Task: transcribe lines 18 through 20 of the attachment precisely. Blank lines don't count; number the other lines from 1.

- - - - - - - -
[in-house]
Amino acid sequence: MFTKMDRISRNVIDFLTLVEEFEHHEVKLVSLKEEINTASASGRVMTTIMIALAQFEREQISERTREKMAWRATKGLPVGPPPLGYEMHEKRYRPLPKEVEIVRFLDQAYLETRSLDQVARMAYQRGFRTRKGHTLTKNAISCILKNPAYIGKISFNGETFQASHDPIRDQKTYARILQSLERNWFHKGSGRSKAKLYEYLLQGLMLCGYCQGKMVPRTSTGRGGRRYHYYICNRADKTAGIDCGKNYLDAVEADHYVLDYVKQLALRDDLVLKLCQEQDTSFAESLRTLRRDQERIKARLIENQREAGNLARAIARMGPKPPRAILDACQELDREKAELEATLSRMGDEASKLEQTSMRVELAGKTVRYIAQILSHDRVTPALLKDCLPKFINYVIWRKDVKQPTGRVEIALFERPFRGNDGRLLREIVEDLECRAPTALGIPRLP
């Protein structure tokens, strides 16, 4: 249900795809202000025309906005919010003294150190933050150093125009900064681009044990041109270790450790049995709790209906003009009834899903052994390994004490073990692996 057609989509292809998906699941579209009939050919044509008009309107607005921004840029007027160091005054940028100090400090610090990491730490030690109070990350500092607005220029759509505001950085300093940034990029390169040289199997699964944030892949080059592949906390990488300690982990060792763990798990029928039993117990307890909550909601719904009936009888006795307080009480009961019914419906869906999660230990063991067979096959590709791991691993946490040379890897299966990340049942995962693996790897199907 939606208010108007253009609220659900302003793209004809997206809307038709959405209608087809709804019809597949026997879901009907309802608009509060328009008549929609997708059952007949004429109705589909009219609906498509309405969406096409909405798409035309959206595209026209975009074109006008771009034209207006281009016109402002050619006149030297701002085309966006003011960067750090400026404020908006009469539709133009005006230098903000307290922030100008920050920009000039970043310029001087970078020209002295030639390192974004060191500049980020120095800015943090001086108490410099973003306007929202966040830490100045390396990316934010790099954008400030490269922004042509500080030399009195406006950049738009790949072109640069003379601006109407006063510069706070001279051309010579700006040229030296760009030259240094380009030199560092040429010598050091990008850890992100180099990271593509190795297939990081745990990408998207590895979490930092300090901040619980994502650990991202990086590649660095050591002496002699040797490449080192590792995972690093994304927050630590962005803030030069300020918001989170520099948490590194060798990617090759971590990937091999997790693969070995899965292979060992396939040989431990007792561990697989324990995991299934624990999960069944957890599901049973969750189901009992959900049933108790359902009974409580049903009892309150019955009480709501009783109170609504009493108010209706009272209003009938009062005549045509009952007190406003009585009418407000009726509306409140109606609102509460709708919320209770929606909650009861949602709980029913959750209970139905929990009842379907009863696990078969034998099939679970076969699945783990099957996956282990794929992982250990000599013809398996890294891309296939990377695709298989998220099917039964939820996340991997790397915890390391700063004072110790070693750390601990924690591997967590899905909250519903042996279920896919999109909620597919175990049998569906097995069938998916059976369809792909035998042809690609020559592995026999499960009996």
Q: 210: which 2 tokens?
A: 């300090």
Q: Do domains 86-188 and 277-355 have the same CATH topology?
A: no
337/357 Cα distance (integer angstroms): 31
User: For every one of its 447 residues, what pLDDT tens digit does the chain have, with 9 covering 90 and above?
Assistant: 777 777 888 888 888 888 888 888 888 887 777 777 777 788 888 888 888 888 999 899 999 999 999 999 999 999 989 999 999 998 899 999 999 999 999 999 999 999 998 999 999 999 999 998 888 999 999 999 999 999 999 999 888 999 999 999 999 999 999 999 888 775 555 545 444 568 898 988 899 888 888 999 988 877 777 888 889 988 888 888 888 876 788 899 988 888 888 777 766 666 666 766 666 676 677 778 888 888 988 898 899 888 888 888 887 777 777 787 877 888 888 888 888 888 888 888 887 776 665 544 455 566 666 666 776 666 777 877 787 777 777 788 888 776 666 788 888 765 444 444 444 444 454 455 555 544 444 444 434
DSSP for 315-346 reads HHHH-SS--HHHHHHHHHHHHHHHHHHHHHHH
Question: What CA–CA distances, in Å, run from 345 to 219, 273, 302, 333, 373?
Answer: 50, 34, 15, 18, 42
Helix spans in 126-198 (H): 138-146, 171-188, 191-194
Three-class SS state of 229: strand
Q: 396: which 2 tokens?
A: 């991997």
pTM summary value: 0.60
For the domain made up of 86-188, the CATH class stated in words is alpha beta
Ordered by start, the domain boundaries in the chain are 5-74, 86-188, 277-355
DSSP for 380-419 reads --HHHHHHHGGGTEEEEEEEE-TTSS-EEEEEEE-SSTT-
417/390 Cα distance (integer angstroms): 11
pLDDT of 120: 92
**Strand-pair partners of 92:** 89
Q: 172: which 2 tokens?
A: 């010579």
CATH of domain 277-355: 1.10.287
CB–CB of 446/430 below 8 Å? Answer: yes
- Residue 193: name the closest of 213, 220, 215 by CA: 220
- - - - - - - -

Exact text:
pTM summary value: 0.60
For the domain made up of 86-188, the CATH class stated in words is alpha beta
Ordered by start, the domain boundaries in the chain are 5-74, 86-188, 277-355